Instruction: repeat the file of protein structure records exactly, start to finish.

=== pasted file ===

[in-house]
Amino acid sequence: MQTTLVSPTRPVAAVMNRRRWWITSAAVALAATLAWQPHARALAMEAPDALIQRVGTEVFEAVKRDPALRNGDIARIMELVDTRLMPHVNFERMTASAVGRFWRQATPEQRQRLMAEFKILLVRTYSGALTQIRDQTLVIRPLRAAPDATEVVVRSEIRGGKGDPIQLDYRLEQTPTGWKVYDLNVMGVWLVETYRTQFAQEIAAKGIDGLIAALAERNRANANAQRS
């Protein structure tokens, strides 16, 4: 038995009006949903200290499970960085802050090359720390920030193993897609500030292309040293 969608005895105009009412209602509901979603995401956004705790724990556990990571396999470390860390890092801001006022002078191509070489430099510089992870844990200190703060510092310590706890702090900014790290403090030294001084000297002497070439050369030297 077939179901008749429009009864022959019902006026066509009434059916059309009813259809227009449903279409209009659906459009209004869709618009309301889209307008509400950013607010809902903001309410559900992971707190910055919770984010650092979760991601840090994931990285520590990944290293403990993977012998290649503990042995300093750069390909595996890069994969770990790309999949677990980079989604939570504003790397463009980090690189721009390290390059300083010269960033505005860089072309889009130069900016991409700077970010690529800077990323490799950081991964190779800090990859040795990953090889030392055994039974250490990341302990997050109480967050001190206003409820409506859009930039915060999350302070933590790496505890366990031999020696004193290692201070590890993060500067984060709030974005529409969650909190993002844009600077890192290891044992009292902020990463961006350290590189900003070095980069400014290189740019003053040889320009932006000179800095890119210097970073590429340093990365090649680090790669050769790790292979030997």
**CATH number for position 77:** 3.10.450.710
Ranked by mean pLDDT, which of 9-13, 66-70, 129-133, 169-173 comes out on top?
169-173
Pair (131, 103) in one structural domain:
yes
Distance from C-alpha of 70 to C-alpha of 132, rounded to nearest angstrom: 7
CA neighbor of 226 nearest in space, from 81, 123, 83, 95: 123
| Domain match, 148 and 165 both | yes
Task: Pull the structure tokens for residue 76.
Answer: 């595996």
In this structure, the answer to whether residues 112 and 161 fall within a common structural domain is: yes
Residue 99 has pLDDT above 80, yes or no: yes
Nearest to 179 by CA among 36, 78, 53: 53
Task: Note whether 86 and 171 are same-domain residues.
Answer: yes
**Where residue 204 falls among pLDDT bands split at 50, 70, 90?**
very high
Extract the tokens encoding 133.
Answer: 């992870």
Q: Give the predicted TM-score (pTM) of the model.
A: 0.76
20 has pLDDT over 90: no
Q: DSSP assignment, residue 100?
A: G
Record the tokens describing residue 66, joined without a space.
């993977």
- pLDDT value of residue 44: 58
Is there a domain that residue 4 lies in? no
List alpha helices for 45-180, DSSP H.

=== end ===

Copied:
[in-house]
Amino acid sequence: MQTTLVSPTRPVAAVMNRRRWWITSAAVALAATLAWQPHARALAMEAPDALIQRVGTEVFEAVKRDPALRNGDIARIMELVDTRLMPHVNFERMTASAVGRFWRQATPEQRQRLMAEFKILLVRTYSGALTQIRDQTLVIRPLRAAPDATEVVVRSEIRGGKGDPIQLDYRLEQTPTGWKVYDLNVMGVWLVETYRTQFAQEIAAKGIDGLIAALAERNRANANAQRS
């Protein structure tokens, strides 16, 4: 038995009006949903200290499970960085802050090359720390920030193993897609500030292309040293 969608005895105009009412209602509901979603995401956004705790724990556990990571396999470390860390890092801001006022002078191509070489430099510089992870844990200190703060510092310590706890702090900014790290403090030294001084000297002497070439050369030297 077939179901008749429009009864022959019902006026066509009434059916059309009813259809227009449903279409209009659906459009209004869709618009309301889209307008509400950013607010809902903001309410559900992971707190910055919770984010650092979760991601840090994931990285520590990944290293403990993977012998290649503990042995300093750069390909595996890069994969770990790309999949677990980079989604939570504003790397463009980090690189721009390290390059300083010269960033505005860089072309889009130069900016991409700077970010690529800077990323490799950081991964190779800090990859040795990953090889030392055994039974250490990341302990997050109480967050001190206003409820409506859009930039915060999350302070933590790496505890366990031999020696004193290692201070590890993060500067984060709030974005529409969650909190993002844009600077890192290891044992009292902020990463961006350290590189900003070095980069400014290189740019003053040889320009932006000179800095890119210097970073590429340093990365090649680090790669050769790790292979030997």
**CATH number for position 77:** 3.10.450.710
Ranked by mean pLDDT, which of 9-13, 66-70, 129-133, 169-173 comes out on top?
169-173
Pair (131, 103) in one structural domain:
yes
Distance from C-alpha of 70 to C-alpha of 132, rounded to nearest angstrom: 7
CA neighbor of 226 nearest in space, from 81, 123, 83, 95: 123
| Domain match, 148 and 165 both | yes
Task: Pull the structure tokens for residue 76.
Answer: 């595996």
In this structure, the answer to whether residues 112 and 161 fall within a common structural domain is: yes
Residue 99 has pLDDT above 80, yes or no: yes
Nearest to 179 by CA among 36, 78, 53: 53
Task: Note whether 86 and 171 are same-domain residues.
Answer: yes
**Where residue 204 falls among pLDDT bands split at 50, 70, 90?**
very high
Extract the tokens encoding 133.
Answer: 């992870």
Q: Give the predicted TM-score (pTM) of the model.
A: 0.76
20 has pLDDT over 90: no
Q: DSSP assignment, residue 100?
A: G
Record the tokens describing residue 66, joined without a space.
């993977």
- pLDDT value of residue 44: 58
Is there a domain that residue 4 lies in? no
List alpha helices for 45-180, DSSP H.